Restaurants in Berlin

Restaurant Hackesche HöfeVisitors to Berlin used to complain that they could eat anything they wanted there as long as it was Wurst - sausage, or Schnitzel. A little unfair, since traditional Berlin cuisine has a lot more to offer: Eisbein (knuckle of pork, served with peas), fresh trout and salmon from the rivers of Brandenburg, Hackepeter (steak tartare), gherkins from the Spreewald to the south, and in early summer, fresh asparagus.

The French Huguenot immigrants who arrived in the 17th Century laid the foundations for international cuisine in Berlin, but since the Wall fell and Berlin reestablished contact with the world, the choice has exploded. Indian, Chinese, Spanish, Portuguese, Italian, Thai, Indonesian, Japanese, French, Latin American, North American, Turkish, Lebanese, Egyptian, Moroccan..... the range of cuisine on offer in the restaurants of this cosmopolitan city is extraordinary.

And not only the food, but the decor. You could be sitting in a cosy, dark wood-clad, typical Berlin cellar restaurant like Zur letzten Instanz sipping a Berliner Kindl, or watching the sushi float towards you round the counter of an ultra-modern Japanese bar in an alley behind Savignyplatz.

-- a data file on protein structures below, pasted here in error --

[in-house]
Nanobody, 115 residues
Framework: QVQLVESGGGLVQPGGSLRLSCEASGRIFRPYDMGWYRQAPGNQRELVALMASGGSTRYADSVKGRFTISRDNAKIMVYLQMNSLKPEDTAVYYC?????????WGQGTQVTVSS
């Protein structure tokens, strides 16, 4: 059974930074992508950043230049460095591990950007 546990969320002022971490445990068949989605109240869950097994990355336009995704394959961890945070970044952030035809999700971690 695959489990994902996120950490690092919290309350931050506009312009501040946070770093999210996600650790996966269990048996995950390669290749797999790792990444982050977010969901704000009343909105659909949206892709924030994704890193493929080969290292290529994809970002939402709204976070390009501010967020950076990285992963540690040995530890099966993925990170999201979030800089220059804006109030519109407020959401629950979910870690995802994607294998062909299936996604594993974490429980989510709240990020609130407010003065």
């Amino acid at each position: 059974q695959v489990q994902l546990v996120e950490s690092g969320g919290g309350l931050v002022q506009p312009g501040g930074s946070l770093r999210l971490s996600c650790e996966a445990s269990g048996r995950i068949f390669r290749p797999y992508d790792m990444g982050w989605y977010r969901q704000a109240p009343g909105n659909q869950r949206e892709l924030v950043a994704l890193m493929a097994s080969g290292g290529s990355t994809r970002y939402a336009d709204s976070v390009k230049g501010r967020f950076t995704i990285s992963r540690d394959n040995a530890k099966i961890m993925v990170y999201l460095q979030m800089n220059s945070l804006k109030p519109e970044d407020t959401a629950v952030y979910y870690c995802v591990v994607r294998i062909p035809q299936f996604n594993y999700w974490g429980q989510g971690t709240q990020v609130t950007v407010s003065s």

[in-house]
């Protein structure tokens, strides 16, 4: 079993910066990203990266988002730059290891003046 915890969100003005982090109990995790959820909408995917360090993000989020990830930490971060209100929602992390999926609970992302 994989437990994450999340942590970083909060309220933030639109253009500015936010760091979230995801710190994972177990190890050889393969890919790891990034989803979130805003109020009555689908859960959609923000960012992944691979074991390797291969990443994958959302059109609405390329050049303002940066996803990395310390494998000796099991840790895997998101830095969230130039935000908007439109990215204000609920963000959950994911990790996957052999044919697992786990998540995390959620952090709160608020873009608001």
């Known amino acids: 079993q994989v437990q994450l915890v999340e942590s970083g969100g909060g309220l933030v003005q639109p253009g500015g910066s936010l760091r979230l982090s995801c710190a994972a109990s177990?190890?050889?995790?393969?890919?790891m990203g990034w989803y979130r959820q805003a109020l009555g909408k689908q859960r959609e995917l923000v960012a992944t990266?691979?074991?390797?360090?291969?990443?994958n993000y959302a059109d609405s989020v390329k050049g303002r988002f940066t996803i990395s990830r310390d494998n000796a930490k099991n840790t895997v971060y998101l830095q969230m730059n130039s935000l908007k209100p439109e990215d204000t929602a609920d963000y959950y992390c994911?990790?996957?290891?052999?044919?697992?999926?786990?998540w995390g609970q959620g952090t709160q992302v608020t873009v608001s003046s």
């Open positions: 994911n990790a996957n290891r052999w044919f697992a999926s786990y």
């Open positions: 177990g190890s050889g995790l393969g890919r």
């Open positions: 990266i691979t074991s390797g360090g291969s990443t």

You could be savouring an arabic dish of Falafel amongst the white stalagmites and stalagtites of Morgenland in Kreuzberg, or taking in the clear modernist outlines of the Carpe Diem restaurant in Charlottenburg, while you select from a mind-boggling range of Tapas.

You could be sitting at a pavement table outside Café Arada, Berlin's Ethiopian restaurant, your eyes wandering from the enormous platter of meats and delicacies in front of you to the tantalising street life all around. Or pondering the array of Russian dishes at Pasternak.

Berliner ImbissbudeLike in most big cities, you can pay as much as you want to eat, but it has to be said that by European standards Berlin's eating establishments are relatively low-priced.

And if you just feel like a snack, look for the sign "Imbiss" - the word means snack. Try a Berlin hamburger (a Boulette) from a corner bar, or a Currywurst (curried sausage).Or a delicious and incredibly cheap Döner Kebab from one of the countless small Turkish "Imbisse" that scatter the city.

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